Thanks again for your responses, Marek. To be clear, I work with Kevin and he maintains our Atlassian-hosting servers.

So I defined the following in our config.xml file for our QA server.

<property name="repcache.memcache.total_size" value="1073741824"/>

I then enabled all 700+ repositories and started them.  The active count grew to 600 and stayed there.  No users accessing this system (other than me), so there should be nothing holding repositories open.  There are 4 initial indexing threads and 8 incremental threads.  All indexes were up to date as of a few weeks ago so there should be no initial indexes running.

Using the formula above, shouldn't the active count eventually settle down to around 200?

JVM heap is set to 31G on this machine with 64G of memory.  I see the garbage collector collecting around 24G of memory every 5 seconds.  The background part of G1GC is able to keep up, so there are no long pauses in this unloaded test.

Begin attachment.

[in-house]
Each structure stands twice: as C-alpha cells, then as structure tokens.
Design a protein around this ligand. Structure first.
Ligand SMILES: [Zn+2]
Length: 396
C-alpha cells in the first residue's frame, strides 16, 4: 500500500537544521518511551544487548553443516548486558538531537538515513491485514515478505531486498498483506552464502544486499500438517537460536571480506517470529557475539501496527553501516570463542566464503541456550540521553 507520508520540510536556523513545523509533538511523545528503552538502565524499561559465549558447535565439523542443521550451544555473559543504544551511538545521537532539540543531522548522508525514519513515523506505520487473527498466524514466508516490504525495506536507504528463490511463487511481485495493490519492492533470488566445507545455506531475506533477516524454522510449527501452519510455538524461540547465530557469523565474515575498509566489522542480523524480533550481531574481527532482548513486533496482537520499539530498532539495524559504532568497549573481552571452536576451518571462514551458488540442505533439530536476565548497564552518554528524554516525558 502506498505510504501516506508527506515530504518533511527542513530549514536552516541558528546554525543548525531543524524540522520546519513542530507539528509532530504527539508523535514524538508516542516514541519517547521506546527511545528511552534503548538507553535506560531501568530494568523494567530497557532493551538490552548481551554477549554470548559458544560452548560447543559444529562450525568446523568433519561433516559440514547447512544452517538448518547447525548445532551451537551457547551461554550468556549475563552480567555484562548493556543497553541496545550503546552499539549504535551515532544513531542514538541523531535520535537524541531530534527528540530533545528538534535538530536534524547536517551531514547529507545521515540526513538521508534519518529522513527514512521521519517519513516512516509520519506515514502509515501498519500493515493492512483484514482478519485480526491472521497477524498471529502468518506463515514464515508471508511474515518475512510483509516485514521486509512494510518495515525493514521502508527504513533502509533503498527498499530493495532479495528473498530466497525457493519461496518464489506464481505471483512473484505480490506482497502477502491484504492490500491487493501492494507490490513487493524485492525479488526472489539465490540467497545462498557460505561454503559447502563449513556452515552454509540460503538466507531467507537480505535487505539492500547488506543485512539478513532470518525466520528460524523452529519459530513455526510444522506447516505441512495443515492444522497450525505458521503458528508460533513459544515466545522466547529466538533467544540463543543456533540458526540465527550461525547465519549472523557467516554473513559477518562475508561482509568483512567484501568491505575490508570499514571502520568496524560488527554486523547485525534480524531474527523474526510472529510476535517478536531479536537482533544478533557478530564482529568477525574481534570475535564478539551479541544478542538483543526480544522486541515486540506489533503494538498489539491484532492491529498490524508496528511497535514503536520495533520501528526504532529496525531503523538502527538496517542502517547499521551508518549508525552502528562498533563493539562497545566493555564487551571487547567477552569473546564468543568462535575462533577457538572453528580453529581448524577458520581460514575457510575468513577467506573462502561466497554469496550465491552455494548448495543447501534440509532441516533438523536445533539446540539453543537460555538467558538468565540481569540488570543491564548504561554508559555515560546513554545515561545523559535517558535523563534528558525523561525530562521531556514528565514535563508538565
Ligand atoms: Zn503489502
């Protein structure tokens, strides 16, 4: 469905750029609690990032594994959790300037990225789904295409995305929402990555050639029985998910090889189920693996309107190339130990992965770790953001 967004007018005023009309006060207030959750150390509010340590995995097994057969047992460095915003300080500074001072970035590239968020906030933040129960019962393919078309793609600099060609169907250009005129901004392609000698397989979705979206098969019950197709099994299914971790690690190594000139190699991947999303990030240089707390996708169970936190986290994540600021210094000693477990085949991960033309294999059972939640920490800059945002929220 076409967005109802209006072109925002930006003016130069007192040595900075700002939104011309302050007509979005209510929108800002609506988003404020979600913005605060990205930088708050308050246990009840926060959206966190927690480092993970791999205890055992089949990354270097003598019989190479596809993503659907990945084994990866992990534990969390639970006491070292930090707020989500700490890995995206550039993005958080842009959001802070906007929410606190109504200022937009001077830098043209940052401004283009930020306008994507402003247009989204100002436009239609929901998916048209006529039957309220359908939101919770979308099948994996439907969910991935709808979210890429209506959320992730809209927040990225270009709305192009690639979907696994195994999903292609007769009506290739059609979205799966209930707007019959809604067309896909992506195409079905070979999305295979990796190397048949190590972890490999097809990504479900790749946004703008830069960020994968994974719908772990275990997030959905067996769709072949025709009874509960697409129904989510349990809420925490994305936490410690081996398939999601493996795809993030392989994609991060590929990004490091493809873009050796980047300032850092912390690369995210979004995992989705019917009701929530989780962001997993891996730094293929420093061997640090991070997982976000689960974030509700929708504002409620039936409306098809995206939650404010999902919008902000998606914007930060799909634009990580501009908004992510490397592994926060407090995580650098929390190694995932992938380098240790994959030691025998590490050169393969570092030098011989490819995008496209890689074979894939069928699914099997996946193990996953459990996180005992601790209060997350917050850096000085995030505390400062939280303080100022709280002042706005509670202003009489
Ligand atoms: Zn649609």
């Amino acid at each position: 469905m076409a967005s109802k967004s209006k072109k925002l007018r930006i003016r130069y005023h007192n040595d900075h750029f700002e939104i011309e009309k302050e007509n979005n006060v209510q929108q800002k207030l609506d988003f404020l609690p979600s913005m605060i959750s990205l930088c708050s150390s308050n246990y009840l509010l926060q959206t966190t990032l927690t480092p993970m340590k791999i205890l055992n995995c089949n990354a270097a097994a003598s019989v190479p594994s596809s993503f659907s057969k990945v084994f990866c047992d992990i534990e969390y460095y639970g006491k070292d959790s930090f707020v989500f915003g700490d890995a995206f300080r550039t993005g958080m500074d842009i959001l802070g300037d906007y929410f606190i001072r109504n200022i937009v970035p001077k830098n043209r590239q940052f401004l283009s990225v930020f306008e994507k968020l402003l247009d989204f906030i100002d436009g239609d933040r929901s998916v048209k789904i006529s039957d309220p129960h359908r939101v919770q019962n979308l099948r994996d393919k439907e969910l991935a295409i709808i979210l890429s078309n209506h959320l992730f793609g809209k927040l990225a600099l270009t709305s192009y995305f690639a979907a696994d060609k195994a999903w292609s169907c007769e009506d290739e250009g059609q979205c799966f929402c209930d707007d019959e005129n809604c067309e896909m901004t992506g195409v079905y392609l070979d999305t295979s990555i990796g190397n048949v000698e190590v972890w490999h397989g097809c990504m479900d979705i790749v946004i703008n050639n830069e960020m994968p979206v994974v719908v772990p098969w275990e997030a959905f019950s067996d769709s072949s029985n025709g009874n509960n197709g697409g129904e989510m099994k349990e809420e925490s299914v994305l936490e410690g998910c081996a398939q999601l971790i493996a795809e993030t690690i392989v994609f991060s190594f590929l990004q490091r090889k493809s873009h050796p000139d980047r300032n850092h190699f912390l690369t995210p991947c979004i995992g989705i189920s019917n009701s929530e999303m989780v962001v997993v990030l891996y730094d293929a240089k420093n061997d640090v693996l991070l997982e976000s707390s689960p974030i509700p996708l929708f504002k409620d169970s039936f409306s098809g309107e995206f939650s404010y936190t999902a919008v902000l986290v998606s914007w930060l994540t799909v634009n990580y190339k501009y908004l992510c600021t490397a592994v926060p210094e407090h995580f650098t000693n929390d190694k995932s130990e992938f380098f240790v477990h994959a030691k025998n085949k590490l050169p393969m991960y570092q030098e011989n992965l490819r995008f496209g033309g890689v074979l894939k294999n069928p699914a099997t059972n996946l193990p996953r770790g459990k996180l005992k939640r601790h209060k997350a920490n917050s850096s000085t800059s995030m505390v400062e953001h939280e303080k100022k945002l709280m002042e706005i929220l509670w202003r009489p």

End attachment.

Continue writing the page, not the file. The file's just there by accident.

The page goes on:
My next step is to enable debug logs to see if those provide any useful information.

Ok, I verified these parameters don't seem to change anything when placed in the app/config.xml, and/or data/config.xml file.  Can you show a full example config.xml file?



0 vote

There is a MBean called "activeCount" that seems to indicate how many "active" repositories at any given time. 

That is correct. Passivation manager should passivate open repository handles, but it can't simply force close if some other threads are using it. Passivation manager should try to passivate repositories on three conditions: 

  1. Maximum active repositories this number is calculated using following formula. 

    0.3 * Runtime.getRuntime().maxMemory() / (5 * 1024 * 1024)

    Look at Marek comment, it can be adjusted by setting repcache.memcache.total_size

  2. On timely manner. There's timer task which runs every minute to:
    1.  check which repositories can be passivated
    2. look for high GC spikes and tries to passivate some of the repositories, look for following debug logs: